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National Alliance
In decline since the 2002 death of founder William Pierce, the National Alliance has been barely functioning since the spring of 2005 when the group underwent a split in its ranks. Constant infighting directed against the leadership of Erich Gliebe, who took over the Alliance after Pierce died, and Shaun Walker (who had been the chairman of group until his arrest on federal hate crime charges in June 2006) created dissension within the group. In reaction to the turmoil, Gliebe and Walker purged a number of the group's most active members in April 2005. The deposed activists formed a new group, National Vanguard, which won the support of a majority of the organization's local units across the nation. Kevin Strom, who had been associated with the Alliance since the early 1990s, became the head of the National Vanguard. By March 2006, the National Vanguard underwent a split and a new group, the Nationalist Coalition, was formed by the two of the most active Vanguard chapters in Tampa, Florida and Denver, Colorado. By March 2007, the National Vanguard had been dissolved and was replaced by a new incarnation of the group--European Americans United. The National Alliance, for two decades the most formidable presence in the white supremacist world, is severely weakened as a national operation, divided by factions competing for William Pierce's racist and anti-Semitic legacy.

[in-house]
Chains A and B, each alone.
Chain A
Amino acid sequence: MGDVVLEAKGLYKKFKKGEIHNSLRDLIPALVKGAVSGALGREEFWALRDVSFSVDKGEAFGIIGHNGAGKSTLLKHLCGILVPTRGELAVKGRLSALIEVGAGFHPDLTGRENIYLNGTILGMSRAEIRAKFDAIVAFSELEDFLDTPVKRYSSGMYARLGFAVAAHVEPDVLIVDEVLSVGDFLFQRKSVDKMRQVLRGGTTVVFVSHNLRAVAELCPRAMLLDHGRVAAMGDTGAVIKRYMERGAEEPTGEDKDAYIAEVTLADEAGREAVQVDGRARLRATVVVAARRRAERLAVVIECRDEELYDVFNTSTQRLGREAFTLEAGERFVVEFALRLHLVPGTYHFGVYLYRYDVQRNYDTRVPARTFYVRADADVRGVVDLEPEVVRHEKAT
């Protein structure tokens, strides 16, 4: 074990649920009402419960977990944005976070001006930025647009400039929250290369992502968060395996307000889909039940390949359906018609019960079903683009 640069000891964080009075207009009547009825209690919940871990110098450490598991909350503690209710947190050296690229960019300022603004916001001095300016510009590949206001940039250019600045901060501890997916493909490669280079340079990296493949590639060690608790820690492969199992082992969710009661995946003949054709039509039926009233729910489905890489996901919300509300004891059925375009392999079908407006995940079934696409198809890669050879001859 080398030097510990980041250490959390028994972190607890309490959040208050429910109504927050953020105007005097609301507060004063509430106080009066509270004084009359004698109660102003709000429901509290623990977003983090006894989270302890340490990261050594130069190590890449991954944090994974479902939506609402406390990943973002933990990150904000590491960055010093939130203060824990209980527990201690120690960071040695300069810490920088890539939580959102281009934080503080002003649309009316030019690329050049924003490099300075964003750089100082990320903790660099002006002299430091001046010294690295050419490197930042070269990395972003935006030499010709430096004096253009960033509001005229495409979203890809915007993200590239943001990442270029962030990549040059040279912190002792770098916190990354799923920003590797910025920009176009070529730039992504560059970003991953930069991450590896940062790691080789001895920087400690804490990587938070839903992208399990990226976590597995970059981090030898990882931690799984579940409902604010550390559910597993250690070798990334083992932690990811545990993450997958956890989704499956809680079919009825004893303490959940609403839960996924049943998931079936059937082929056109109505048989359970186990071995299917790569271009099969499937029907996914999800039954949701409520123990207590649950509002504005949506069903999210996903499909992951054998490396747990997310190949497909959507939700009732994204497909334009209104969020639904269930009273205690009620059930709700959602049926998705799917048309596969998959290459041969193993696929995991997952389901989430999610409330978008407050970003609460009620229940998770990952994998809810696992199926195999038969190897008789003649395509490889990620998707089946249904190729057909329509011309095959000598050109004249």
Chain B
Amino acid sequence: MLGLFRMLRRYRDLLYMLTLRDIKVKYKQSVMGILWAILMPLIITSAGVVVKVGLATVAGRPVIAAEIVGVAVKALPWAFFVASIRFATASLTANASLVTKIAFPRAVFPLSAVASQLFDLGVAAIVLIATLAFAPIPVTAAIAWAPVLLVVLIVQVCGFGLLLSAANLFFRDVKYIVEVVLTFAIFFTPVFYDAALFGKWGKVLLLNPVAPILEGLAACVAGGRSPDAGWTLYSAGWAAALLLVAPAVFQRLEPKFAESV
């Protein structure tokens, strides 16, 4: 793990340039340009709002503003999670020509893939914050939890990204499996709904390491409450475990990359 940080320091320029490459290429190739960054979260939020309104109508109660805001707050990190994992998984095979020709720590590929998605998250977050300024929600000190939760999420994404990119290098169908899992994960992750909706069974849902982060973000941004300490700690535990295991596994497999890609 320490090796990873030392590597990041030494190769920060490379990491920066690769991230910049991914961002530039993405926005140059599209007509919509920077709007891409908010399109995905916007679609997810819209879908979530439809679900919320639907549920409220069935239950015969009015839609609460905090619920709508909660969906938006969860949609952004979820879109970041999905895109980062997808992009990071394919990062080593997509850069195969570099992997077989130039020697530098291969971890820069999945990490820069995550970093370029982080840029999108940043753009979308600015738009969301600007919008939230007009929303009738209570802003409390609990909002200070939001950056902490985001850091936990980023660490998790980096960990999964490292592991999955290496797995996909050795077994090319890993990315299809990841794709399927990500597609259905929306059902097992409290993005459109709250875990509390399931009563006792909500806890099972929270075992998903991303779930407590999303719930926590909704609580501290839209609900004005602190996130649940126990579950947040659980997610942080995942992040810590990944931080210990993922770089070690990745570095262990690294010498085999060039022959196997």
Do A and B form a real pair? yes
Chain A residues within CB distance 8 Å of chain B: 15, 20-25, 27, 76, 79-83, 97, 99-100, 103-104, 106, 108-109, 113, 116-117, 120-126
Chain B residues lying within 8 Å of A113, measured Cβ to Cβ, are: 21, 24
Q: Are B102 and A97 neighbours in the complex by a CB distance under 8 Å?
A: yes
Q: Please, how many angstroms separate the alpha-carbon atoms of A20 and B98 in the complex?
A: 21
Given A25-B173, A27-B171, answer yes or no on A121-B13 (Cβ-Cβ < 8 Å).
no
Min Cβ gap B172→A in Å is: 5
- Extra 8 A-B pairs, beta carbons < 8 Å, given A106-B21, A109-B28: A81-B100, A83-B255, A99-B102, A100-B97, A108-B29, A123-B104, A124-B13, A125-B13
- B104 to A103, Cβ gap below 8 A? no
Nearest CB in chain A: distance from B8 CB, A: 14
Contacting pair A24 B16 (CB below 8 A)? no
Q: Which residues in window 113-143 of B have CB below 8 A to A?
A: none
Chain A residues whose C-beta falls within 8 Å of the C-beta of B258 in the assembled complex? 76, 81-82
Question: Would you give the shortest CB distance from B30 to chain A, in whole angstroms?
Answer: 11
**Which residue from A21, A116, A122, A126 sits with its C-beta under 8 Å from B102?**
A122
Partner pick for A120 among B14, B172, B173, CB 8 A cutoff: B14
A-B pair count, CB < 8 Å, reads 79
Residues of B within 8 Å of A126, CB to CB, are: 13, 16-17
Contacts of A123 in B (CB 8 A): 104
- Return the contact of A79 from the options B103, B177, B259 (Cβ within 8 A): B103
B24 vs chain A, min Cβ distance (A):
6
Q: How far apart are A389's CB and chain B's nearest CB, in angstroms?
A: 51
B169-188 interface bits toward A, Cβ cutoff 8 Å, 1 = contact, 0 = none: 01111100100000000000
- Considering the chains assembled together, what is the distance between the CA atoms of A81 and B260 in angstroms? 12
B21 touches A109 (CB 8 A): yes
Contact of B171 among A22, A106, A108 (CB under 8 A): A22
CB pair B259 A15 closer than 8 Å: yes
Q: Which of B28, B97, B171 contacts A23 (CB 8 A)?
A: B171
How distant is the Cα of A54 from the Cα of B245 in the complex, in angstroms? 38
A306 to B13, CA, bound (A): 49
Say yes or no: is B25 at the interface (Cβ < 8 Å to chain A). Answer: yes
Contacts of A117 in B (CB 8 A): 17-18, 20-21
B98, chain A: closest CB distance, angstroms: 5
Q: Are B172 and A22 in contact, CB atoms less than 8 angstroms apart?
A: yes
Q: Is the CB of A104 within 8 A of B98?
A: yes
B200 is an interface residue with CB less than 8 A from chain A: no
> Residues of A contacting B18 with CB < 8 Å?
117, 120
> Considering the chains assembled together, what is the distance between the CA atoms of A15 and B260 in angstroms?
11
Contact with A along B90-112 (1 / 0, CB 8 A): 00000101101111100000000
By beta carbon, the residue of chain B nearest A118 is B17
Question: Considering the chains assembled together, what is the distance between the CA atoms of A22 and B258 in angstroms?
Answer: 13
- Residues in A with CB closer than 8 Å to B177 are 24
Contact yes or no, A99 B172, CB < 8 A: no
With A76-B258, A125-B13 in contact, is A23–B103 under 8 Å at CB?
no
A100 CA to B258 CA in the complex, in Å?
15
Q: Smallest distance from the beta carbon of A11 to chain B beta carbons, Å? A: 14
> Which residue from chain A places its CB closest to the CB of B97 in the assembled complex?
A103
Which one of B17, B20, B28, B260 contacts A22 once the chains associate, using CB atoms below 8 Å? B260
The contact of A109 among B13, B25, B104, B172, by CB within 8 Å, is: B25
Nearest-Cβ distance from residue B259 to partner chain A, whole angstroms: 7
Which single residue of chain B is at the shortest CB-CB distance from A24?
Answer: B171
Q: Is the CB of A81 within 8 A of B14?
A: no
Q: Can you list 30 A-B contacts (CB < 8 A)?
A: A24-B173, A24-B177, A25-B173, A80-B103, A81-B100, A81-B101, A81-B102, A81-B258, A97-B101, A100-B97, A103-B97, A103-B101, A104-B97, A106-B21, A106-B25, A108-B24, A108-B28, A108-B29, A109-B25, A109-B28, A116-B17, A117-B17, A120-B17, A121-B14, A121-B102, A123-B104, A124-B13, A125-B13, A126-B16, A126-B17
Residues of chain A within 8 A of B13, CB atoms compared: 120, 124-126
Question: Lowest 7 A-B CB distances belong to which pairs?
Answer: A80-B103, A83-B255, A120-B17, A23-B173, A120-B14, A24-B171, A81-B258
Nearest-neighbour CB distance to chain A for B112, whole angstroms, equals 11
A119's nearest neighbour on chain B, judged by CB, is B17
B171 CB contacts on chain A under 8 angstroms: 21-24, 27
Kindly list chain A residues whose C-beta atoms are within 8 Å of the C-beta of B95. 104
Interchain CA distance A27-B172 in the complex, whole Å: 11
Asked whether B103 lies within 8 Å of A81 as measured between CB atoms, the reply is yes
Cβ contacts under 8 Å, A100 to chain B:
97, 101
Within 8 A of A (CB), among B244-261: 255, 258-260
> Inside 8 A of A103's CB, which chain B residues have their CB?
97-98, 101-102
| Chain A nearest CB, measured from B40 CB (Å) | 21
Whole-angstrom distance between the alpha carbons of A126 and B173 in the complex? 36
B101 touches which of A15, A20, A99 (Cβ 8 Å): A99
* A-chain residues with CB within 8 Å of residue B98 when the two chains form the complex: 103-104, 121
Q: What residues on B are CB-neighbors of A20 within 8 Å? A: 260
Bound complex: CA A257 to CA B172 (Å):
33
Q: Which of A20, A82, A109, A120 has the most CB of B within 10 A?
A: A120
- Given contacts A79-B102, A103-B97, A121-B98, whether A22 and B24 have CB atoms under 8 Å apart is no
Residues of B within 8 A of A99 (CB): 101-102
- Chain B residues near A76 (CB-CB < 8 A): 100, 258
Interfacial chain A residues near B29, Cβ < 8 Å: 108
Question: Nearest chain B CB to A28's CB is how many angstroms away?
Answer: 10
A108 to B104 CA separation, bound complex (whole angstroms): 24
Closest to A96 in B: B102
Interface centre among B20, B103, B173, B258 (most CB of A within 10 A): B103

National Alliance
Leader: Erich Gliebe
Founder: William Pierce (d. 2002)
Founded: 1974
Headquarters: Mill Point, near Hillsboro, West Virginia
Background: After associations with the American Nazi Party and the National Socialist White People's Party, William Pierce joined the National Youth Alliance in 1970. Run by anti-Semite Willis Carto, the group split into two different factions by 1974. Pierce's wing became known as the National Alliance. In 1985, Pierce relocated the National Alliance from Arlington, Virginia, to a 346-acre farm in Mill Point, West Virginia, from which it still operates.
Offshoots: National Vanguard, Nationalist Coalition, European Americans United
Media: Web, radio, fliers, magazines, newsletters, computer games
Ideology: Neo-Nazi, white supremacist
Connections: Although the National Alliance tends to work independently in the United States, it has built strong ties to other white supremacist groups abroad, including the British National Party (BNP) and the Nationaldemokratische Partei Deutschlands (NPD) in Germany.
Publications: Resistance, National Vanguard, Free Speech
Businesses: Resistance Records, National Vanguard Books

History of the National Alliance

The National Alliance has its roots in the Youth for Wallace campaign, established by Willis Carto, the anti-Semitic founder of Liberty Lobby, in support of the 1968 presidential bid of Alabama Governor George Wallace. After Wallace's defeat, Carto renamed his organization the National Youth Alliance and attempted to recruit college students to his increasingly radical cause. In 1970, William Pierce, who had been an associate of George Lincoln Rockwell and the American Nazi Party, left the National Socialist White People's Party, the successor to the ANP, to join the National Youth Alliance. In addition to Pierce, the National Youth Alliance attracted several former ANP activists, and they ultimately led the organization away from Carto's influence.